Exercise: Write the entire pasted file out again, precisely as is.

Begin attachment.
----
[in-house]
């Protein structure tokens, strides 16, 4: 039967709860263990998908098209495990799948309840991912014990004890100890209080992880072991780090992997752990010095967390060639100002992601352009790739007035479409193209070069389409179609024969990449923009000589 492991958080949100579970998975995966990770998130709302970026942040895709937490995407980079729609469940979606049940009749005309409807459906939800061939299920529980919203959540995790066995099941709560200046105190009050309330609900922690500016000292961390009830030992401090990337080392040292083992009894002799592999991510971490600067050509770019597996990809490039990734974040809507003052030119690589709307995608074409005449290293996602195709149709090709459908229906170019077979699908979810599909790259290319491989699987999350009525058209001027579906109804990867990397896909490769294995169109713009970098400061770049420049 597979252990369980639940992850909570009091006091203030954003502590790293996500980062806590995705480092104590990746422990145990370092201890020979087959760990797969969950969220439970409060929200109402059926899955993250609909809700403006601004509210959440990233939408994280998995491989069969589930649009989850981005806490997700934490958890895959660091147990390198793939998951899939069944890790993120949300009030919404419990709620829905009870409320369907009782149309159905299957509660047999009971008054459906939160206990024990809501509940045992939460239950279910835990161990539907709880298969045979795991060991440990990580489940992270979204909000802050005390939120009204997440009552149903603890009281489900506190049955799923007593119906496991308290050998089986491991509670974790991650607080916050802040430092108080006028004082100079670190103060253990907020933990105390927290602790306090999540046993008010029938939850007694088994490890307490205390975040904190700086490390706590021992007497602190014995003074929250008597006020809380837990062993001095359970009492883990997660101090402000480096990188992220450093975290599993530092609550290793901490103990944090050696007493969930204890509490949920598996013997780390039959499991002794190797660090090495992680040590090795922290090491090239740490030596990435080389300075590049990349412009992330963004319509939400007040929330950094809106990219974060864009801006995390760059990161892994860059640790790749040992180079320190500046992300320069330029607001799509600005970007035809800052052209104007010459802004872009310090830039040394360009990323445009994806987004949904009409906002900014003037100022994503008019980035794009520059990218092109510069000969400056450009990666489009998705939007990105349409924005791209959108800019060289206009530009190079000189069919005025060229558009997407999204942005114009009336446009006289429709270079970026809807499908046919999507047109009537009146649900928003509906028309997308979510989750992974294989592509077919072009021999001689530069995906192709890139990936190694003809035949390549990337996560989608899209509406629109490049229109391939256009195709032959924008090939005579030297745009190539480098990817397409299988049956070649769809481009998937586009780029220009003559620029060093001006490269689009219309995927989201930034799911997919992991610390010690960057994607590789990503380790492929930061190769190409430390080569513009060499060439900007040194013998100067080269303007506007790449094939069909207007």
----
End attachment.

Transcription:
[in-house]
């Protein structure tokens, strides 16, 4: 039967709860263990998908098209495990799948309840991912014990004890100890209080992880072991780090992997752990010095967390060639100002992601352009790739007035479409193209070069389409179609024969990449923009000589 492991958080949100579970998975995966990770998130709302970026942040895709937490995407980079729609469940979606049940009749005309409807459906939800061939299920529980919203959540995790066995099941709560200046105190009050309330609900922690500016000292961390009830030992401090990337080392040292083992009894002799592999991510971490600067050509770019597996990809490039990734974040809507003052030119690589709307995608074409005449290293996602195709149709090709459908229906170019077979699908979810599909790259290319491989699987999350009525058209001027579906109804990867990397896909490769294995169109713009970098400061770049420049 597979252990369980639940992850909570009091006091203030954003502590790293996500980062806590995705480092104590990746422990145990370092201890020979087959760990797969969950969220439970409060929200109402059926899955993250609909809700403006601004509210959440990233939408994280998995491989069969589930649009989850981005806490997700934490958890895959660091147990390198793939998951899939069944890790993120949300009030919404419990709620829905009870409320369907009782149309159905299957509660047999009971008054459906939160206990024990809501509940045992939460239950279910835990161990539907709880298969045979795991060991440990990580489940992270979204909000802050005390939120009204997440009552149903603890009281489900506190049955799923007593119906496991308290050998089986491991509670974790991650607080916050802040430092108080006028004082100079670190103060253990907020933990105390927290602790306090999540046993008010029938939850007694088994490890307490205390975040904190700086490390706590021992007497602190014995003074929250008597006020809380837990062993001095359970009492883990997660101090402000480096990188992220450093975290599993530092609550290793901490103990944090050696007493969930204890509490949920598996013997780390039959499991002794190797660090090495992680040590090795922290090491090239740490030596990435080389300075590049990349412009992330963004319509939400007040929330950094809106990219974060864009801006995390760059990161892994860059640790790749040992180079320190500046992300320069330029607001799509600005970007035809800052052209104007010459802004872009310090830039040394360009990323445009994806987004949904009409906002900014003037100022994503008019980035794009520059990218092109510069000969400056450009990666489009998705939007990105349409924005791209959108800019060289206009530009190079000189069919005025060229558009997407999204942005114009009336446009006289429709270079970026809807499908046919999507047109009537009146649900928003509906028309997308979510989750992974294989592509077919072009021999001689530069995906192709890139990936190694003809035949390549990337996560989608899209509406629109490049229109391939256009195709032959924008090939005579030297745009190539480098990817397409299988049956070649769809481009998937586009780029220009003559620029060093001006490269689009219309995927989201930034799911997919992991610390010690960057994607590789990503380790492929930061190769190409430390080569513009060499060439900007040194013998100067080269303007506007790449094939069909207007």